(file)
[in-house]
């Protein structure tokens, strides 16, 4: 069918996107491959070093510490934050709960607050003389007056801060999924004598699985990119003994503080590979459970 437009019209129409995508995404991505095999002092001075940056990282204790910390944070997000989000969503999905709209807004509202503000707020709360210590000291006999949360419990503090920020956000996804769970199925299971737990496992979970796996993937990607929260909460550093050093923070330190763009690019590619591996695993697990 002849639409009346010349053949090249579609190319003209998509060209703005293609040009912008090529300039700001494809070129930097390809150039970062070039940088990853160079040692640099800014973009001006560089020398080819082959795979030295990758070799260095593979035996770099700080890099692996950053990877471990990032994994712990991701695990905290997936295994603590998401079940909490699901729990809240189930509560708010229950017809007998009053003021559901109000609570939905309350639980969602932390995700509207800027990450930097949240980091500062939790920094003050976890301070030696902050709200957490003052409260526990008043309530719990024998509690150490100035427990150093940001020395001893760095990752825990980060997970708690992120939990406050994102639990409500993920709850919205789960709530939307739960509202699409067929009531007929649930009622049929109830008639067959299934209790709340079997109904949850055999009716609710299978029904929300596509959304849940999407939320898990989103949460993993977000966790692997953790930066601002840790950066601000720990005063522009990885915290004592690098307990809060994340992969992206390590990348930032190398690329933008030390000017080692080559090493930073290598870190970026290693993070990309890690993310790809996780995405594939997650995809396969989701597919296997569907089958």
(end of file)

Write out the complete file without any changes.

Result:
[in-house]
């Protein structure tokens, strides 16, 4: 069918996107491959070093510490934050709960607050003389007056801060999924004598699985990119003994503080590979459970 437009019209129409995508995404991505095999002092001075940056990282204790910390944070997000989000969503999905709209807004509202503000707020709360210590000291006999949360419990503090920020956000996804769970199925299971737990496992979970796996993937990607929260909460550093050093923070330190763009690019590619591996695993697990 002849639409009346010349053949090249579609190319003209998509060209703005293609040009912008090529300039700001494809070129930097390809150039970062070039940088990853160079040692640099800014973009001006560089020398080819082959795979030295990758070799260095593979035996770099700080890099692996950053990877471990990032994994712990991701695990905290997936295994603590998401079940909490699901729990809240189930509560708010229950017809007998009053003021559901109000609570939905309350639980969602932390995700509207800027990450930097949240980091500062939790920094003050976890301070030696902050709200957490003052409260526990008043309530719990024998509690150490100035427990150093940001020395001893760095990752825990980060997970708690992120939990406050994102639990409500993920709850919205789960709530939307739960509202699409067929009531007929649930009622049929109830008639067959299934209790709340079997109904949850055999009716609710299978029904929300596509959304849940999407939320898990989103949460993993977000966790692997953790930066601002840790950066601000720990005063522009990885915290004592690098307990809060994340992969992206390590990348930032190398690329933008030390000017080692080559090493930073290598870190970026290693993070990309890690993310790809996780995405594939997650995809396969989701597919296997569907089958």